I tell you, sisters and brothers, in the Gospel accounts, I’d much rather be Mary Magdalene than Peter and the other apostles, who flee when Jesus is arrested and crucified. Do any of the apostles come to the tomb before the women? No, they don’t! They are all hiding, huddled together, for fear of meeting the same end as Jesus.
When the Risen Jesus commissions the disciples to go throughout all creation proclaiming the good news – what is he asking of disciples – then as well as now? Are we to go to people and say: “You know - Jesus was a really good guy and you should believe in him?” Of course not!
Should we go to people and say: “You know - you need to be baptized and believe in Jesus if you want to avoid hell?” Is this the good news we’re called to proclaim? Of course not! Should we go to people and say: “You know - if you don’t come to church, you’ll go to hell? Is this the good news? Of course not! The truth, unfortunately, is that much of what gets proclaimed as good news isn’t good news – sometimes it’s downright bad news.
So what is the good news of the Gospels? What is the good news of Jesus Christ? The good news is that the crucified Jesus was raised by God from death to life. This is the good news! This and this alone, is the good news!
In the Old Testament, God is described as the One who delivered the people from the oppression of Egypt. Listen to how God describes himself according to the first commandment: “I am the Lord your God, who brought you out of the land of Egypt, out of the house of slavery ...” (Exodus 20:2) This is why the Jewish people believed in God. This definition of God is found throughout the Old Testament.
But in the New Testament, we have a new definition of who God is. Easter discloses the true character of God. God is the One who raises Jesus from the dead. Believing this affirmation is how we find salvation, according to Romans 10:9: “if you confess with your lips that Jesus is Lord and believe in your hearts that God raised him from the dead, you will be saved.”
Now, brothers and sisters, Easter is about getting to heaven after we die. But it is much moiré than that. Easter is about you and me undergoing the same divine transformation that raised Jesus from death to life on that first Easter morning.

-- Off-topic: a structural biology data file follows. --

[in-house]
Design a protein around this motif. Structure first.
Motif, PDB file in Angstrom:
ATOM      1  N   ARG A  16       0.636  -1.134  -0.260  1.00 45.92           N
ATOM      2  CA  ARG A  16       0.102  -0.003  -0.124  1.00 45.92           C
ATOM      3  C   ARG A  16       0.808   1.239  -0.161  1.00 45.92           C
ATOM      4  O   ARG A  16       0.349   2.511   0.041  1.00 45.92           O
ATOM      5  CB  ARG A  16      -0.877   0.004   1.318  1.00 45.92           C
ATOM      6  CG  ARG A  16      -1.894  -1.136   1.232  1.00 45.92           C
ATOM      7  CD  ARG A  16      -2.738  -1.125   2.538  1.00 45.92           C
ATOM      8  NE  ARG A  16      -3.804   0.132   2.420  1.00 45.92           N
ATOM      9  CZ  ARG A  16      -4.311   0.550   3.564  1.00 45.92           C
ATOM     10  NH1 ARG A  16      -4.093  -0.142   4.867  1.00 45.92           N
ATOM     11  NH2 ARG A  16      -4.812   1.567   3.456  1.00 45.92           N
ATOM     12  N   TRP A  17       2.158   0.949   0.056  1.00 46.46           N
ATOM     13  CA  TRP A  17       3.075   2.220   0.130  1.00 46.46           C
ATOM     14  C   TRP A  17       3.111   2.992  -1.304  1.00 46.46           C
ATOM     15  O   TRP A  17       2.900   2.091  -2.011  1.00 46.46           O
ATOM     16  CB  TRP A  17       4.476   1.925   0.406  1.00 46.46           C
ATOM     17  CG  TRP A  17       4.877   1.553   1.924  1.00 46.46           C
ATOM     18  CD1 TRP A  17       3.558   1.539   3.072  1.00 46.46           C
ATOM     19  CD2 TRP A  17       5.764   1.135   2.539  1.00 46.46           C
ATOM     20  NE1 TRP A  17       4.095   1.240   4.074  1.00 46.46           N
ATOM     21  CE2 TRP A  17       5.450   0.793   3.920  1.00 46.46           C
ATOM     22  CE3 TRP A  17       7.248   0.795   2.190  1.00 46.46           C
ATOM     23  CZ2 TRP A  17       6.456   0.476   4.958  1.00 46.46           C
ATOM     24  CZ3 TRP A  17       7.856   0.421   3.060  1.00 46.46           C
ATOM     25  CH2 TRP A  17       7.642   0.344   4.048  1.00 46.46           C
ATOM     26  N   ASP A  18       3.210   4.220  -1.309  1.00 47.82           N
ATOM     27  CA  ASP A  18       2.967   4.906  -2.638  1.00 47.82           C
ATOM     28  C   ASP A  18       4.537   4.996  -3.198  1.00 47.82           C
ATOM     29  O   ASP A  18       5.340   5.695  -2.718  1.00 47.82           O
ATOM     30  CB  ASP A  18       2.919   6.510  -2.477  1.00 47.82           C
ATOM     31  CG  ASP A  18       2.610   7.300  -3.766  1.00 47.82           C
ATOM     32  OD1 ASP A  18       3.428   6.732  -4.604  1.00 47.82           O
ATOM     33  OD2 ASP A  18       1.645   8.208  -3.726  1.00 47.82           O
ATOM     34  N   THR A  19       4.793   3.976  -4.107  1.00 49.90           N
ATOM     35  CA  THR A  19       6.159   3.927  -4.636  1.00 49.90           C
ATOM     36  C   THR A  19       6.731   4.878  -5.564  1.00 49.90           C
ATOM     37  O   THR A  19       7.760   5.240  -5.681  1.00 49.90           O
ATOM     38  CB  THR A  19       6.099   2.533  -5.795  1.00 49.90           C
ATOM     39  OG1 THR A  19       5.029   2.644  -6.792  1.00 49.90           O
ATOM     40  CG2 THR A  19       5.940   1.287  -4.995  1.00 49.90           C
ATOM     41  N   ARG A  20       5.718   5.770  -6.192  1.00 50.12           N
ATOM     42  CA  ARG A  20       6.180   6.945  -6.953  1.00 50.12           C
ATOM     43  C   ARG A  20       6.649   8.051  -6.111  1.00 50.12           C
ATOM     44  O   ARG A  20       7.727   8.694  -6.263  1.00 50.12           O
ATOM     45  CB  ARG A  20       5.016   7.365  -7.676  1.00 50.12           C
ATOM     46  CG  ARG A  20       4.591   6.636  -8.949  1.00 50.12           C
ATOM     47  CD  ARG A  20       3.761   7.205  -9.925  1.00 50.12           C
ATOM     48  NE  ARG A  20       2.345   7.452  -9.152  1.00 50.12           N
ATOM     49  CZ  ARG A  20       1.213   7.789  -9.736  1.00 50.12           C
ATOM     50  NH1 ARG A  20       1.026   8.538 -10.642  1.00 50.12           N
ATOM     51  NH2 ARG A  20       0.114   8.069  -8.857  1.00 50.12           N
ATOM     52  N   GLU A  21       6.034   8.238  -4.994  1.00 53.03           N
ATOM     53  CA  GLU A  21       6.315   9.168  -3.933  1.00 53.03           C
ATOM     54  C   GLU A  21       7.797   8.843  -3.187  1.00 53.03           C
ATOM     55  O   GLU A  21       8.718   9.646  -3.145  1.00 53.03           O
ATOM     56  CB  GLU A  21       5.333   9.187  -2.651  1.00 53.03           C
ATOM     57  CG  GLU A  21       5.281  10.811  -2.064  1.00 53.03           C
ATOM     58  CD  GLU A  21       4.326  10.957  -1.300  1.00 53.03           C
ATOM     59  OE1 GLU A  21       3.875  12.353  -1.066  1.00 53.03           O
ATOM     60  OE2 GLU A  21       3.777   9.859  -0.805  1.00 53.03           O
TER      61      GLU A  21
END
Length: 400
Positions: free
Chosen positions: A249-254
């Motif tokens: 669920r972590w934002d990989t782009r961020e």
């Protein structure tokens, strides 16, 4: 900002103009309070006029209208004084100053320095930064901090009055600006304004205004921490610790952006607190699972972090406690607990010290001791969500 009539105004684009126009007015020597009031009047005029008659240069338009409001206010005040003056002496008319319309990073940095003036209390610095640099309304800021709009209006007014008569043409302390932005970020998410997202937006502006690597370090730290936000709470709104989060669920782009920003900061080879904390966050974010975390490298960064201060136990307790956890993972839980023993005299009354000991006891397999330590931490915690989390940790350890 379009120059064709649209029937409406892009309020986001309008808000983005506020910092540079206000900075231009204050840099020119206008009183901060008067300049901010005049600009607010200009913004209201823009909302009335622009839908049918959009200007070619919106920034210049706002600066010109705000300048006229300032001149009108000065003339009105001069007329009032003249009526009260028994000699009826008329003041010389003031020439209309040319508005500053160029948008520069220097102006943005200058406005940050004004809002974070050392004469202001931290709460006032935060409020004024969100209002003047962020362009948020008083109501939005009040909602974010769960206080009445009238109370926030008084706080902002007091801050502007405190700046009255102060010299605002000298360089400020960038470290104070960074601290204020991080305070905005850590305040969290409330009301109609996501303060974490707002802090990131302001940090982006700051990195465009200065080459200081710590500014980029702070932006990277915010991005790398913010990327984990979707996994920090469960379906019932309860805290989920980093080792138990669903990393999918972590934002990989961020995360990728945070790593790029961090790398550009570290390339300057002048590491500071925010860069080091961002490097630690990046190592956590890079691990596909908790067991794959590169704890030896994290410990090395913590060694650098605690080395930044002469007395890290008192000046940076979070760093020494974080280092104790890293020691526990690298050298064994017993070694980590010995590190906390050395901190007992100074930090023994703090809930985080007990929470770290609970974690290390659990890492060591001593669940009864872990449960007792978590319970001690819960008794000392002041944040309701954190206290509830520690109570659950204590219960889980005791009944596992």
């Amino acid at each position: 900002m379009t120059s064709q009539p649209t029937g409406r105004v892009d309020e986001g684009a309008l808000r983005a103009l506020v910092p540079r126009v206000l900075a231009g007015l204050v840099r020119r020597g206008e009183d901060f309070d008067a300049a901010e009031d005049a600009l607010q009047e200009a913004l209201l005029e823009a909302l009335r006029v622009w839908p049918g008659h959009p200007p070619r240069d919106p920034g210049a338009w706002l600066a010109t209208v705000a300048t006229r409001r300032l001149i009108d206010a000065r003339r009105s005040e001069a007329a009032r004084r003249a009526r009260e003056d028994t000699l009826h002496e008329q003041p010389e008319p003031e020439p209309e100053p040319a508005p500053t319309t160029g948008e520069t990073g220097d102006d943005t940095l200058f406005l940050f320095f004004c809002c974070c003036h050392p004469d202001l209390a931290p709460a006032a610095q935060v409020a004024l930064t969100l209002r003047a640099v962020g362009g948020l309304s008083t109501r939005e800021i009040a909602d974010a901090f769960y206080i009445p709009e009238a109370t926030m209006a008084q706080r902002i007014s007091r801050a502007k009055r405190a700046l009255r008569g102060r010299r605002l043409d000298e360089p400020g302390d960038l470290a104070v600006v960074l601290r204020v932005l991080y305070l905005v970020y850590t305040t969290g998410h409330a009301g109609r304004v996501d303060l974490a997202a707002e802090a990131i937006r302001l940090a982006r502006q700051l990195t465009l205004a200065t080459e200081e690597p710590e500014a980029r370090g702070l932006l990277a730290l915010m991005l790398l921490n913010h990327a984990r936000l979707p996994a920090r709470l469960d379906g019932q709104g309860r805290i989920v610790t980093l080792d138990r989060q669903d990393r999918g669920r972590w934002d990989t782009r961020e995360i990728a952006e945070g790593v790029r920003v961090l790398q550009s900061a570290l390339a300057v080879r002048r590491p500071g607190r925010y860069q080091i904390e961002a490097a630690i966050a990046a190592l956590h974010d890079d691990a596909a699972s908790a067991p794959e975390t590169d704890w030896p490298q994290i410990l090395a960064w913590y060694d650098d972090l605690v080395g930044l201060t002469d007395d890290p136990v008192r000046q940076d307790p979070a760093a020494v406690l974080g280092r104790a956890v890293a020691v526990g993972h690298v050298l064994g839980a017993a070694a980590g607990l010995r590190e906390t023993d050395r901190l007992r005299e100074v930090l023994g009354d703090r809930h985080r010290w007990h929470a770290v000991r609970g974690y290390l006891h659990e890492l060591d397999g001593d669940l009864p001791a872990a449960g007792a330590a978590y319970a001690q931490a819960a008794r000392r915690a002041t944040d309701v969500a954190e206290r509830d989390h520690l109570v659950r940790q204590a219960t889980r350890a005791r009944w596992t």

Just as the power of God poured into the death place, into that the burial place, into that tomb of Jesus and woke him from death to new life, so it will be for you and me. Just as the power of God transformed the crucified, whipped, mutilated, nail-punctured body of Jesus into a resurrected, glorious, eternal body, so it will be for you and me.
Listen to our brother Paul in the 15th chapter of 1st Corinthians: “Now if Christ is proclaimed as raised from the dead, how can some of you say there is no resurrection of the dead? If there is no resurrection of the dead, then Christ has not been raised; and if Christ has not been raised, then our proclamation has been in vain … But in fact, Christ has been raised from the dead, the first fruits of those who have died.” The first fruits of those who have died!
Jesus was the first to undergo this transformation of human flesh into eternal, resurrected flesh. Even though we have accounts of people being raised from the dead in the Bible – all those people, including Lazarus, had to suffer death again. They were not given resurrected, eternal bodies. But something incredible happened Easter morning. The dead flesh of Jesus became the resurrected, glorious, eternal flesh of the Risen Christ. And so it will be for us.
Easter is not just about getting to heaven. Easter is about bodies lying in death – in tombs everywhere – or in ashes – or in the sea – having the same divine experience as did Jesus that first Easter morning. This is the good news we proclaim. This is good news that is truly good news.
Sisters and brothers - Easter will happen to you. Easter will happen to me. Easter will happen to all who are called to be transformed as Jesus was. Just as the tomb could not hold Jesus so the tomb will not hold any of us forever. Just as death was defeated that first Easter, so it will be for you and me. Easter is coming for all of us who have died in Christ. Easter is coming for all of us!
As Ronald Rolheiser asserts: “Easter means it’s never too late to start again. Easter means no betrayal is final. Easter means no sin is unforgivable. Easter means there isn’t any loss that can’t be redeemed. Easter means that God never gives up on us! (edited) This is what today means, brothers and sisters, God never gives up on us! Good news, indeed! Hallelujah, sisters and brothers, hallelujah!
Rev. Dr. Joel Mitchell, Interim Pastor
Rev. Millie Myren, Support Minister